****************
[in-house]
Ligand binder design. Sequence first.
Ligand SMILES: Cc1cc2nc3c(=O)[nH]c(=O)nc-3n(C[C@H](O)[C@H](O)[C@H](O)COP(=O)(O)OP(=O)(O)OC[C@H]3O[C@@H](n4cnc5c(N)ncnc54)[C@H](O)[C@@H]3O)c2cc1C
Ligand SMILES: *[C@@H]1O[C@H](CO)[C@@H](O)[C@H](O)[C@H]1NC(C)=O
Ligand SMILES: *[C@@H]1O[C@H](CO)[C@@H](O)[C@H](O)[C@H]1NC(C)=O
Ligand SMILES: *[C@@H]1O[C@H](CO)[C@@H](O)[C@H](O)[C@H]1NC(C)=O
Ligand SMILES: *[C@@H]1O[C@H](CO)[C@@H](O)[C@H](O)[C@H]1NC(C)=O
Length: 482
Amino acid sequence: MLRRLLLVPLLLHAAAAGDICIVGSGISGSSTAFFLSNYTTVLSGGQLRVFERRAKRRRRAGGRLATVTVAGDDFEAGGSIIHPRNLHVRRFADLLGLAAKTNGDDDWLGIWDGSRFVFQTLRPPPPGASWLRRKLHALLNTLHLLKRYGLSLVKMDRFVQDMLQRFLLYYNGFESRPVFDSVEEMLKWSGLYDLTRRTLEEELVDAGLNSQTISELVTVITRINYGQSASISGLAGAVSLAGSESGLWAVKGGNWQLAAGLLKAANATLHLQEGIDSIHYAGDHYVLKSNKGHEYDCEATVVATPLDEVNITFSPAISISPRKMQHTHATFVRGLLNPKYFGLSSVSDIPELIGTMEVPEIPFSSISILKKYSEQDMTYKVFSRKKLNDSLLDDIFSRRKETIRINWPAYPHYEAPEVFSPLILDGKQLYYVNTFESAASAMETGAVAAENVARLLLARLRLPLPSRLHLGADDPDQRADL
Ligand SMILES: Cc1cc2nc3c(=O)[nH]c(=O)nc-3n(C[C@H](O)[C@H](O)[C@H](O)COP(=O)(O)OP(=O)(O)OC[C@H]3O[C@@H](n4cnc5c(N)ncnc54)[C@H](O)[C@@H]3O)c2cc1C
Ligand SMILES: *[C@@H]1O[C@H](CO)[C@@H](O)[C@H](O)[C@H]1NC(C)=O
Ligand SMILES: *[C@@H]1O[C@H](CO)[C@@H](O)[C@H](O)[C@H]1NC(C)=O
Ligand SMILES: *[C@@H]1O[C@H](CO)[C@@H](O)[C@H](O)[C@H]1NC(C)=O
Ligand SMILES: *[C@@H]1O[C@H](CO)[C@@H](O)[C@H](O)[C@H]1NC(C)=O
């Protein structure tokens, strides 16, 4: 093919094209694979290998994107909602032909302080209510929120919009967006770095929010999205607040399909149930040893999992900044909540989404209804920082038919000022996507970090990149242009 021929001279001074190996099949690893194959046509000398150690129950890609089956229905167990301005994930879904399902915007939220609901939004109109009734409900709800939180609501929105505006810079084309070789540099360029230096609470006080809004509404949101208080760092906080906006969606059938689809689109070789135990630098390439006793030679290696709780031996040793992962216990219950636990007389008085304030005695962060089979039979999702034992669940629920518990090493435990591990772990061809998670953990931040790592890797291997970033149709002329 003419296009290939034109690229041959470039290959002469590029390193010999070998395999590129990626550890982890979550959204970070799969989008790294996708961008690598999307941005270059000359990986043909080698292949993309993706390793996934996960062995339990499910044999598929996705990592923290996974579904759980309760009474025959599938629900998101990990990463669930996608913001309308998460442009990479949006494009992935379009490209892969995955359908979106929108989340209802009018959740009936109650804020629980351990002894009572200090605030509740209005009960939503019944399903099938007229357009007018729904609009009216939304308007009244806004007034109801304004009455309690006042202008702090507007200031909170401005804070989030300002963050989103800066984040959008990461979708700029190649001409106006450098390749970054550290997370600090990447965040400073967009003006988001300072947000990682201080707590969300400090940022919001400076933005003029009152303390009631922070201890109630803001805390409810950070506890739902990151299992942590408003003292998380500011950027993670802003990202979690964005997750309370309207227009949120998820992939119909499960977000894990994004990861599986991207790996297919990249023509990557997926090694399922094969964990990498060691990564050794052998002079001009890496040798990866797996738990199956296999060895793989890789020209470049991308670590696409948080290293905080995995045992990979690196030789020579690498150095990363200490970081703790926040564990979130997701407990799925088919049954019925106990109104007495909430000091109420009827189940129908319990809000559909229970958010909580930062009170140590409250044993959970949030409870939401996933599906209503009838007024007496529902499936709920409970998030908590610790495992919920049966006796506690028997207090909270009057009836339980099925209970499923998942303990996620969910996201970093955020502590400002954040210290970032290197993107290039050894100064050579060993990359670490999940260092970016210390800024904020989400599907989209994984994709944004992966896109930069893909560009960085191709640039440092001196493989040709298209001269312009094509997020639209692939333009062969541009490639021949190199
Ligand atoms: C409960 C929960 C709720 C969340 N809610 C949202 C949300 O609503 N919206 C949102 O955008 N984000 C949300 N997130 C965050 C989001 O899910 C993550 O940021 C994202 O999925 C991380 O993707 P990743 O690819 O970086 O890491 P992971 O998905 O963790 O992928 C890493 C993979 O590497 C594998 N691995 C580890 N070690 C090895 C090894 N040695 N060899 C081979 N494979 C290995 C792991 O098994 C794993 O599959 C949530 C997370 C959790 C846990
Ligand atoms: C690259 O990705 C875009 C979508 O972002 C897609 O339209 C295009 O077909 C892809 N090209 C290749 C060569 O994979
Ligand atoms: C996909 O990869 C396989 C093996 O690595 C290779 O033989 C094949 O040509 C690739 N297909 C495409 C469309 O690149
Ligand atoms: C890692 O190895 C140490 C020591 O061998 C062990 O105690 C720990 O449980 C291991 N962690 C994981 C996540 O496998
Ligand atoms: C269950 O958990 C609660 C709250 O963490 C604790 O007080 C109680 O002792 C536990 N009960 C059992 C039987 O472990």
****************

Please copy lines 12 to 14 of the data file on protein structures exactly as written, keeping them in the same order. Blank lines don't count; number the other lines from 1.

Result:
Ligand SMILES: *[C@@H]1O[C@H](CO)[C@@H](O)[C@H](O)[C@H]1NC(C)=O
Ligand SMILES: *[C@@H]1O[C@H](CO)[C@@H](O)[C@H](O)[C@H]1NC(C)=O
Ligand SMILES: *[C@@H]1O[C@H](CO)[C@@H](O)[C@H](O)[C@H]1NC(C)=O